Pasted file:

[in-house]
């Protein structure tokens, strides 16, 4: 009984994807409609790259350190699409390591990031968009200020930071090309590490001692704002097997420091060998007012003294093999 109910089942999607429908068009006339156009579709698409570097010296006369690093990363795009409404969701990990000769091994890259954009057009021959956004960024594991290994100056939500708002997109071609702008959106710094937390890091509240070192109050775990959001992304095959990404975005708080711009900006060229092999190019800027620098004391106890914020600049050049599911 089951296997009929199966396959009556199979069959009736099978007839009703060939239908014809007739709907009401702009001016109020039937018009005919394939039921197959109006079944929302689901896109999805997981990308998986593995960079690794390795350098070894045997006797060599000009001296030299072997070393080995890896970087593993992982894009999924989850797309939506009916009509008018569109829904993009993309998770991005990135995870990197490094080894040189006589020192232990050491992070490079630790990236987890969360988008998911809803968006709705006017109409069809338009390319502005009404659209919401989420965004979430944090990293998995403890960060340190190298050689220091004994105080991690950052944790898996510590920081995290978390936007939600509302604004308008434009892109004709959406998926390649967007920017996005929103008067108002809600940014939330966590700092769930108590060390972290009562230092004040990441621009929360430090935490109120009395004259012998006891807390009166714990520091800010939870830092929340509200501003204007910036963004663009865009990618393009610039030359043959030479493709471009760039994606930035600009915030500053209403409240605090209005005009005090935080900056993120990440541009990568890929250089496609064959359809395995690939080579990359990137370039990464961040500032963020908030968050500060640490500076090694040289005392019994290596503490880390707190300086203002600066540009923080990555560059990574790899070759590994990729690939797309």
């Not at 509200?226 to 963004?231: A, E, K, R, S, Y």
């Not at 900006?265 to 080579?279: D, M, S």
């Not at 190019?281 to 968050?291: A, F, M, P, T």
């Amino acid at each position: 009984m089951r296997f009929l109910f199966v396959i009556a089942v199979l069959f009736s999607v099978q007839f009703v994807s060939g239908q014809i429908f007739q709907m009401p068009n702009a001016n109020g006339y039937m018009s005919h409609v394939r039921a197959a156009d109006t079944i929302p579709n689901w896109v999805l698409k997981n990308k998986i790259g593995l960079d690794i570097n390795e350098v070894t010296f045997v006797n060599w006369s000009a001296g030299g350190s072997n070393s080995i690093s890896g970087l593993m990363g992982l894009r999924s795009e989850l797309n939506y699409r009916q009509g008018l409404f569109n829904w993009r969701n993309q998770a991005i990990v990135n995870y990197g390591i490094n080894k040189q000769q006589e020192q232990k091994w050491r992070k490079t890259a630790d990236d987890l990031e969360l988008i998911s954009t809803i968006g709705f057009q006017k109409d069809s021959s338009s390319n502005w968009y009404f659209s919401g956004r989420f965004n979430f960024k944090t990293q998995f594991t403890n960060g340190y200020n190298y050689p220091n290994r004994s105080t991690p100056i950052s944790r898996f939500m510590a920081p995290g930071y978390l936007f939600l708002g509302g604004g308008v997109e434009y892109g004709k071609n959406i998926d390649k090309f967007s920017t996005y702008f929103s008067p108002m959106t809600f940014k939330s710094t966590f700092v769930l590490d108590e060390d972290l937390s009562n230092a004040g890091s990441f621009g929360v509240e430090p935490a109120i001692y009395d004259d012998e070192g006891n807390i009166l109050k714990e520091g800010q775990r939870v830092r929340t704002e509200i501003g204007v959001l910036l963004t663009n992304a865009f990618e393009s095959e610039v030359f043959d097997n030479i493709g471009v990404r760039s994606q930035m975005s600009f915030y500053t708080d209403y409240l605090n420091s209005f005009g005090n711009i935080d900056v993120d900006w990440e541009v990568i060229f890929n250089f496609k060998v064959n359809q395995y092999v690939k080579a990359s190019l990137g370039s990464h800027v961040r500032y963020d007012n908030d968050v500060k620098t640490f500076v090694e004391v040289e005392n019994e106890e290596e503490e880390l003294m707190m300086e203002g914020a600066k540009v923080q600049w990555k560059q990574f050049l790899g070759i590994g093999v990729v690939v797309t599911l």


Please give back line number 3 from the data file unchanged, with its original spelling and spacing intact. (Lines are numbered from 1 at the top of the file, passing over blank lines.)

């Not at 509200?226 to 963004?231: A, E, K, R, S, Y």